Skip to main content

Jameer Nelson feels Delonte West needs to seek help, but help needs to seek West

I speak from experience when I write that the much-troubled Delonte West needs the right mentor more than anything right now. And that person needs to be a stable, well-meaning person dedicated to leading West back into a contented life. That needs to happen before monetary donations and visits to medical folks and social services.



As a police lieutenant, I dealt almost daily with situations similar to what DWest is going through - mental illness and alcohol and drug abuse. Arrests were common because it was the only way to quickly take away the threat that the erratic and often-combative individuals would harm themselves or others, and that would include the threat of harm to the responding officers.


The courts and Social Services would usually come into play, but the results were almost always the same. The troubled individual would soon be back on the streets, and law enforcement would await the next call. The outcome often changed for the better when a mentor stepped in and took on the seemingly-impossible task of getting the individual heading in the right direction. That is what is needed to get Delonte back on track.

Poor upbringing is a tough thing for people to overcome, and it appears that West had a difficult early life (per Wikipedia):

(Delonte) West has described his childhood as “happy-poor”, and has said that he lived with various relatives. During his teen years, West states that he abused drugs, engaged in self-harm, and spent time in children’s hospitals.

West is a multiracial person, with African American (through his mother), Piscataway Native American, and European American heritage. West was diagnosed with bipolar disorder in 2008. While he initially accepted the diagnosis, he later disputed it, suggesting that his difficulties arose from a combination of temporary depression and the stresses of a basketball player lifestyle.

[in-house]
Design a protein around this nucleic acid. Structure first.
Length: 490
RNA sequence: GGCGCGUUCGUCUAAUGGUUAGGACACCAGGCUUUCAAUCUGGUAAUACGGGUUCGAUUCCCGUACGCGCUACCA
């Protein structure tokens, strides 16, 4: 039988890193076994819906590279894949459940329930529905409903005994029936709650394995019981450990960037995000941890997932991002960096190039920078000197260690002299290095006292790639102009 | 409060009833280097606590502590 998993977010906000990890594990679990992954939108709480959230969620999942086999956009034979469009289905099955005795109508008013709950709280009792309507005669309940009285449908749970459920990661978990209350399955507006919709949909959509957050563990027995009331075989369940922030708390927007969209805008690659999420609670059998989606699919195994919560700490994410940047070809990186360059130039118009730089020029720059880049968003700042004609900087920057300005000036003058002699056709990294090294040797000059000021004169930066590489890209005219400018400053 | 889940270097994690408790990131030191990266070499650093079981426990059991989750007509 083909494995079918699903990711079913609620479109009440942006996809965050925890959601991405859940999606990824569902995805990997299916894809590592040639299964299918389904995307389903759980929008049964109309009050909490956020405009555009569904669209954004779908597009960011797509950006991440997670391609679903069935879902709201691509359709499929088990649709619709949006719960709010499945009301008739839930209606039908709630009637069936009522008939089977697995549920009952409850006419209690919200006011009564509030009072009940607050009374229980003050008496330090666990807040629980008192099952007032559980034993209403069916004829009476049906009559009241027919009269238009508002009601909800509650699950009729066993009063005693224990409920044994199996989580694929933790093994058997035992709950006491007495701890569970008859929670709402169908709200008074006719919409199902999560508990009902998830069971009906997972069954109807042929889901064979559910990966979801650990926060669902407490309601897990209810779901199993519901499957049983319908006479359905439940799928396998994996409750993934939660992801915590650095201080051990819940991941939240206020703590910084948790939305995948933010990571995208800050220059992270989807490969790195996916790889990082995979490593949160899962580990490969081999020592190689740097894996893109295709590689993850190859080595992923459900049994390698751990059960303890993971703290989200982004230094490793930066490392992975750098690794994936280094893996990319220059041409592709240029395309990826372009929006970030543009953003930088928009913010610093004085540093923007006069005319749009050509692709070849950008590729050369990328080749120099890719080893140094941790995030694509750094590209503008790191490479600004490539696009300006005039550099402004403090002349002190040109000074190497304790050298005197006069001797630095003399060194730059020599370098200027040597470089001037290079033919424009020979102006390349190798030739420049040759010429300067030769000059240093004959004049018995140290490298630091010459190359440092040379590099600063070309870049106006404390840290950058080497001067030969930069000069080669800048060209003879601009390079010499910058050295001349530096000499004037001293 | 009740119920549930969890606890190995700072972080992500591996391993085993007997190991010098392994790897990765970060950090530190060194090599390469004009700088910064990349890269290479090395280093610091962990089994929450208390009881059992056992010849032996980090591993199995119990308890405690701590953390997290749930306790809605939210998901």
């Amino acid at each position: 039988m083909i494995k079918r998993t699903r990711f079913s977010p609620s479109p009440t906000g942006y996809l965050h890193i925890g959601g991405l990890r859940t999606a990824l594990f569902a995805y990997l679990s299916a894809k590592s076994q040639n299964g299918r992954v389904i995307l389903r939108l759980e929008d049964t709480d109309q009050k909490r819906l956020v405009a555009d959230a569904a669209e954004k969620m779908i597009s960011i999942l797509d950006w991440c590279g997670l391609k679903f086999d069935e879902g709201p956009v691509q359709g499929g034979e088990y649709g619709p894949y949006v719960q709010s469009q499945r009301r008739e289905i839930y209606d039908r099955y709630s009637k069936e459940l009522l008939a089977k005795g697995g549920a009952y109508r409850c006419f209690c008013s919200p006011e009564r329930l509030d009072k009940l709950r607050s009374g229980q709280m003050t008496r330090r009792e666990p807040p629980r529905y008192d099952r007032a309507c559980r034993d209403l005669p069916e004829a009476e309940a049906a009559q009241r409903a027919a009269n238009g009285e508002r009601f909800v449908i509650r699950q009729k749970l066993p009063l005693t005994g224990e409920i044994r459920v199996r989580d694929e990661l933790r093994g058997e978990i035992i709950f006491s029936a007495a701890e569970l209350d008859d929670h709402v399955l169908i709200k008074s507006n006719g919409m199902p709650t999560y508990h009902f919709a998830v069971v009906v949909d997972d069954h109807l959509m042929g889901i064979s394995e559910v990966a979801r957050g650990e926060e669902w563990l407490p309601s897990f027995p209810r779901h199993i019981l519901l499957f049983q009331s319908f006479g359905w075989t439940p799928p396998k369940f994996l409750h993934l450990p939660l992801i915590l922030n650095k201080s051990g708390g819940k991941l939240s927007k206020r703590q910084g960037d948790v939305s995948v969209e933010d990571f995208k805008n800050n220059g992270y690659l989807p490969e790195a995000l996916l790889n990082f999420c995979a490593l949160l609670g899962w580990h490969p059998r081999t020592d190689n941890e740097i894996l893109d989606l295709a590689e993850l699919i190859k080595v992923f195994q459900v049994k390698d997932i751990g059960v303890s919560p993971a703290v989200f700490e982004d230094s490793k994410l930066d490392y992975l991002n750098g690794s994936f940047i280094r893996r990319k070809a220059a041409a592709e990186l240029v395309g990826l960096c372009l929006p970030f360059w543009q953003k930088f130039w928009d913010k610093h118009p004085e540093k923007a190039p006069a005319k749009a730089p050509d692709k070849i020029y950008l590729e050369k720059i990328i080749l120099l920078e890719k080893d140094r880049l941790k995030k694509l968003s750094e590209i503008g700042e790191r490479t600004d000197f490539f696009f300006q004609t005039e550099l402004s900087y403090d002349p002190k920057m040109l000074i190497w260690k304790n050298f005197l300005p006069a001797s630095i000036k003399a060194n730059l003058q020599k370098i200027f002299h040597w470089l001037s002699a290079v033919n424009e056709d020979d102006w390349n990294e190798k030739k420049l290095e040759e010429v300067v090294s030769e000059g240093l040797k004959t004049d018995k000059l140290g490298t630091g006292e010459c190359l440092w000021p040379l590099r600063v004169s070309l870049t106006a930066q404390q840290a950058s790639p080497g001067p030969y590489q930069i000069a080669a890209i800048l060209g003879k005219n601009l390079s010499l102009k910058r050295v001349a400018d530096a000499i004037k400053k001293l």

I have no idea who may eventually take on the task of helping DWest out of the doldrums, but that savior had better be ready to go through Hell rescuing him from a failed life and his probable demise. Monetary donations, the courts, medical professionals and Social Services will all be brought into play during any rescue mission, but a solitary savior is required here. And it had better be the right person. Jameer Nelson suggests West needs to seek help. I disagree. Help needs to seek Delonte.

There is another story here, as my readers can probably detect, but I will save that for another venue. It is all about the failure of our society to effectively deal with mental illness and drug abuse. My sincere hope is that a strong, dedicated individual steps forward to rescue Delonte West from his probable demise in the foreseeable future. That is the first step. I speak from experience. I have seen it work like a charm with someone very close to me. I wish the same for DWest.

Follow Tom at @CelticsSentinel, @CausewayStreet and Facebook

Comments

Popular posts from this blog

The Elm Street Nightmare